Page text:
What It Is (posts below left; rate sheet, client list, other stuff below right)
My name is Bob Land. I am a full-time freelance editor and proofreader, and occasional indexer. This blog is my website.
You'll find my rate sheet and client list here, as well as musings on the life of a freelancer; editing, proofreading, and indexing concerns and issues; my ongoing battles with books and production; and the occasional personal revelation.
Feel free to contact me directly with additional questions: email@example.com.
Thanks for visiting. Leave me a comment. Come back often.
Tuesday, August 21, 2012
More Interludes Than Running Text
One book series we worked on, or tried to, came from an author who didn't understand that most good books have a story -- you know, a beginning, a middle, and an end. When things work out really nicely, even individual chapters read that way.
This author would include so many sidebars and boxes and pull quotes and illustrations that determining the actual theme of the book became damn near impossible. As a copyeditor, that's a problem for me, because part of my job is coding the text: instructing the designer how each element of the book should be treated. When a chapter is 75 percent non-body-text, it's a sign of bad organization.
As much as my book designer pal and I tried to explain it to the author, the concept never really seemed to sink in.
Another problem is that this author is the type who wants to sit down with a designer and create each page to accommodate all the switches and turns. That might have been OK decades ago. No one has the time anymore. It's an age of specialists. And if you're an author reading this, take away this one fact: In a perfect world, the person designing your book should never have to read a word of it, nor care in the least what the book is about. The text should arrive at the designer's coded and ready to go.
And here's a little secret, too: I don't really care what your book is about either. When an author asks if I want to know what a project is about, I'll generally say, "It doesn't really matter, but if you want to tell me, go ahead."
What's my point? I have a few.
A. I'm too busy to be writing this blog entry. But I'm avoiding a very particular project. Why am I avoiding that project? Because it involves me getting down and dirty with artwork. Czar don't do artwork -- at least not with a smile on my face. But I know that once I get started, it'll be easy and I won't dread it next time . . . that is, unless I wait for the muscle memory to fade.
B. If you came here expecting the further tales of Ulysses, it's going to have to wait. I might just go Raoul Duke and start repurposing emails I sent during the course of the project to some of my pals. It's a story that must be told, because it informs much of what I do. That is, how do I approach a stack of paper when my goal is reaching the bottom of that stack of paper in the most efficient manner, regardless of its content?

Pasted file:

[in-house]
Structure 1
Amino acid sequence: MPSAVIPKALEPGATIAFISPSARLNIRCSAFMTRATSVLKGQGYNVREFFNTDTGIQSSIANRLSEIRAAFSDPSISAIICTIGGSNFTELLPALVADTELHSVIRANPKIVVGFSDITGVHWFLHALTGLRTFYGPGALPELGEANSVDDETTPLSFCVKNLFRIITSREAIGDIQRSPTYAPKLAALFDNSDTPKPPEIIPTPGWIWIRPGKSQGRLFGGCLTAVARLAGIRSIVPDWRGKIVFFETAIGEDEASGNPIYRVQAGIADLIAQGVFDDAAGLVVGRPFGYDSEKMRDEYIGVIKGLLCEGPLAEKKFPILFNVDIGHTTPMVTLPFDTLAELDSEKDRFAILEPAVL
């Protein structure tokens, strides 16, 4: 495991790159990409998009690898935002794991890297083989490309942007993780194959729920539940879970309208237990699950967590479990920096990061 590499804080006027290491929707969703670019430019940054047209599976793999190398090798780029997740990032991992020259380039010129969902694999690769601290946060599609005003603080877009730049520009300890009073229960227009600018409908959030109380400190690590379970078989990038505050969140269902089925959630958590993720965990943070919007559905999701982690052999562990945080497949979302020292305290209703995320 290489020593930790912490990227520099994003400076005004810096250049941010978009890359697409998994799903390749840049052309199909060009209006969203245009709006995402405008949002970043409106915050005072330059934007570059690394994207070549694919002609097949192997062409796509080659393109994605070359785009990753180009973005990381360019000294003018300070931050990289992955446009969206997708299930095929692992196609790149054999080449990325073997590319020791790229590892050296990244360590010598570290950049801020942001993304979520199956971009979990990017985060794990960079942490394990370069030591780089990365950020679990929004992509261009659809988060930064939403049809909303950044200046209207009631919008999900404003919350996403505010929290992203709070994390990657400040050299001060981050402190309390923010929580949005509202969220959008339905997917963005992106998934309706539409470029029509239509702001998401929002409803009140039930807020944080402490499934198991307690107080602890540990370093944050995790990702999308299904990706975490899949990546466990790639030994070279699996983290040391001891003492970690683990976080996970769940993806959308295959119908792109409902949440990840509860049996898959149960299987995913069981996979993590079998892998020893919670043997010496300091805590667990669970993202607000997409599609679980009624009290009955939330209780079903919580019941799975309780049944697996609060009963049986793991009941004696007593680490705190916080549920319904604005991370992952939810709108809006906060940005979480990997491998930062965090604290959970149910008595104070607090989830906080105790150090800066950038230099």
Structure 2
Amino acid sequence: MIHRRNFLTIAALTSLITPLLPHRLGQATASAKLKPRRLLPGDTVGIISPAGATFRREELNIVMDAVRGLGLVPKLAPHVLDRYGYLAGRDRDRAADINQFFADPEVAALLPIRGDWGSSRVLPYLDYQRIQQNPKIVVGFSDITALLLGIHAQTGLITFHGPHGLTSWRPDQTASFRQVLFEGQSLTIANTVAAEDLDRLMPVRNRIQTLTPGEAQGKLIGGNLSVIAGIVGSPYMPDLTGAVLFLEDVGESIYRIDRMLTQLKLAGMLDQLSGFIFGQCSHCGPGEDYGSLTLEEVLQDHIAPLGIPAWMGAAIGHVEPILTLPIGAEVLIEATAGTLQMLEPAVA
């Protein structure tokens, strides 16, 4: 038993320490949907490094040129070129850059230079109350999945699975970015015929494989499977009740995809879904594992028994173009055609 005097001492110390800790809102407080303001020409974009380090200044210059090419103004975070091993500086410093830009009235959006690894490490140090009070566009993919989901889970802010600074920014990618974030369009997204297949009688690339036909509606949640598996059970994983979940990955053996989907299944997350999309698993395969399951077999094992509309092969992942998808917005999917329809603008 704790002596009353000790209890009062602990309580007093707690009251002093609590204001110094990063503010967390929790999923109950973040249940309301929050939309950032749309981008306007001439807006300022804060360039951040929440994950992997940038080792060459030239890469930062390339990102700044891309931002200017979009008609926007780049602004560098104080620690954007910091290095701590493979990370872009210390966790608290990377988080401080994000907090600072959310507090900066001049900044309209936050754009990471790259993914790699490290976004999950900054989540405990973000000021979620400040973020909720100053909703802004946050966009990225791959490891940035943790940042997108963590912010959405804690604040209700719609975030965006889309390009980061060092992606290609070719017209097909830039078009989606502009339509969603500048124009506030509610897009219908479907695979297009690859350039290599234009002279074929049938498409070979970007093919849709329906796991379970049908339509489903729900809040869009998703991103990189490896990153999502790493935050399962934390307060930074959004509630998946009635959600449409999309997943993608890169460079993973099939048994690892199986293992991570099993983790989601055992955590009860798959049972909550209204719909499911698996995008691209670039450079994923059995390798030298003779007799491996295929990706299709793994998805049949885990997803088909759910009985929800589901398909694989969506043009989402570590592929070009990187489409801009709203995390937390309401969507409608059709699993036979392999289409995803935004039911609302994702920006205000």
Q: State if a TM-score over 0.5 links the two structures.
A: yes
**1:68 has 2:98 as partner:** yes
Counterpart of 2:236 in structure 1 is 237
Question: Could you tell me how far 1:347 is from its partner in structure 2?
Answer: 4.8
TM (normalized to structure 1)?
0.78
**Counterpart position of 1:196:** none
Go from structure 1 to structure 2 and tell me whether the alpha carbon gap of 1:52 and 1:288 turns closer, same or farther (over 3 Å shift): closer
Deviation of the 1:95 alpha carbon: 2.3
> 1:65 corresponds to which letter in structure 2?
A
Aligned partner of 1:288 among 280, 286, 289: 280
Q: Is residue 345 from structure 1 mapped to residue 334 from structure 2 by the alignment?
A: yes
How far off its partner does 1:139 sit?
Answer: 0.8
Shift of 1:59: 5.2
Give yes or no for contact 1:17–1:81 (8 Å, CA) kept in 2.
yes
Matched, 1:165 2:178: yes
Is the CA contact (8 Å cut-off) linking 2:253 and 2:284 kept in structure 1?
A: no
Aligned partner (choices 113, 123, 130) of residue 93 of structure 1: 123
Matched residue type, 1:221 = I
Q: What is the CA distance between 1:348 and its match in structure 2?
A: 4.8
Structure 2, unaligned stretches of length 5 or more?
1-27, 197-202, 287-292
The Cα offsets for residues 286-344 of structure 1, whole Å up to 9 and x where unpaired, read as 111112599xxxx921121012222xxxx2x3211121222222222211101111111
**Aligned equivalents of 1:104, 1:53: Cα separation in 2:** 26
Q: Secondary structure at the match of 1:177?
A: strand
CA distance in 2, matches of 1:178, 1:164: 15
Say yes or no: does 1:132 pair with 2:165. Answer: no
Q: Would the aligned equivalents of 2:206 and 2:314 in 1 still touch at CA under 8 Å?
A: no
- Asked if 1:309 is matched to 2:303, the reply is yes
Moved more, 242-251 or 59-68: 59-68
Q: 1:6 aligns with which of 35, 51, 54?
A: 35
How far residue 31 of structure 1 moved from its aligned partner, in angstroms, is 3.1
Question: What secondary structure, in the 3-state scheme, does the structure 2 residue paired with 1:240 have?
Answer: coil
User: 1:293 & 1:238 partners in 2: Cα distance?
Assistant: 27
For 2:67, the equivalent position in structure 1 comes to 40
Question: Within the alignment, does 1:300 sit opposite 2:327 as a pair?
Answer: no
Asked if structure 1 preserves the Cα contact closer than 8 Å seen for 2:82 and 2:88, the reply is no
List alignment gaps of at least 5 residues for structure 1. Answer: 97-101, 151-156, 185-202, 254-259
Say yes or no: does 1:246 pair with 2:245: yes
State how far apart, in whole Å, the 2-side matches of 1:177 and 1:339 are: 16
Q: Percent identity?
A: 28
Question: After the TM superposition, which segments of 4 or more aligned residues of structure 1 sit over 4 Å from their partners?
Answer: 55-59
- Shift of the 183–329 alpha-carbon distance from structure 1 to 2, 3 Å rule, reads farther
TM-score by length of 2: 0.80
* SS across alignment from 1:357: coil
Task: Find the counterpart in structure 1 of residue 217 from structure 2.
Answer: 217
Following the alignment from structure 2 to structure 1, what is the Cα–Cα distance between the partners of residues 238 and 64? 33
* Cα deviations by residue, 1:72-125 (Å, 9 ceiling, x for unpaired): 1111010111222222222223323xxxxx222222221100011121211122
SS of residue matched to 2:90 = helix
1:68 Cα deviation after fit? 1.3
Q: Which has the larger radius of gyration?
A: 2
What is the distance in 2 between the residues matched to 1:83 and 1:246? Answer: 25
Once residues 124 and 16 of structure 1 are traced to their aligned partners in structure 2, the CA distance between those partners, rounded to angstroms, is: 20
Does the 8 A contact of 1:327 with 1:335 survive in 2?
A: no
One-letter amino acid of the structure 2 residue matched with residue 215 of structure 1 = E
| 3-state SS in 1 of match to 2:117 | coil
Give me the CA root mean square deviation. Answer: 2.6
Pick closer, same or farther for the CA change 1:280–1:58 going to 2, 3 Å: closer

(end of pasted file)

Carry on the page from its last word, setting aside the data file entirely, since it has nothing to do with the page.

For example, I just finished working on a collection of short stories and poems -- the kind of stuff I studiously avoid in the New Yorker, because fiction and poetry ain't my bag. But what do I do when I'm in the middle of a really intense short story and I don't want to turn the page because I'm already emotional as hell and living on the edge, and nothing at all can send me into weeping spasms? I was reading one story in particular, and I was in good page-turning, moneymaking mode, and I got to a point where I didn't want to know what was going to happen next -- because I didn't know how my fragile psyche would respond.
That's a good story. My usual metric for whether I like the fiction (novels) I'm paid to read is if I care about what happens to the characters by about 30 pages into the manuscript. In a short story, though, that number of pages is vastly compressed.
Frankly, I never had that feeling about Ulysses. But I personally don't think that Joyce's book was designed to make readers care about those characters either. Maybe I'm wrong.
C. I've said this three times today to different people: Anyone who is good at what they do seems absolutely exhausted these days. And the exhaustion just seems to attract more work. There's really no way out.
But . . .
I just lined up 5 days at the Abbey of Gethsemani. Early October.
If you see me there, ignore me. I promise you I'll do my best to give you the same treatment.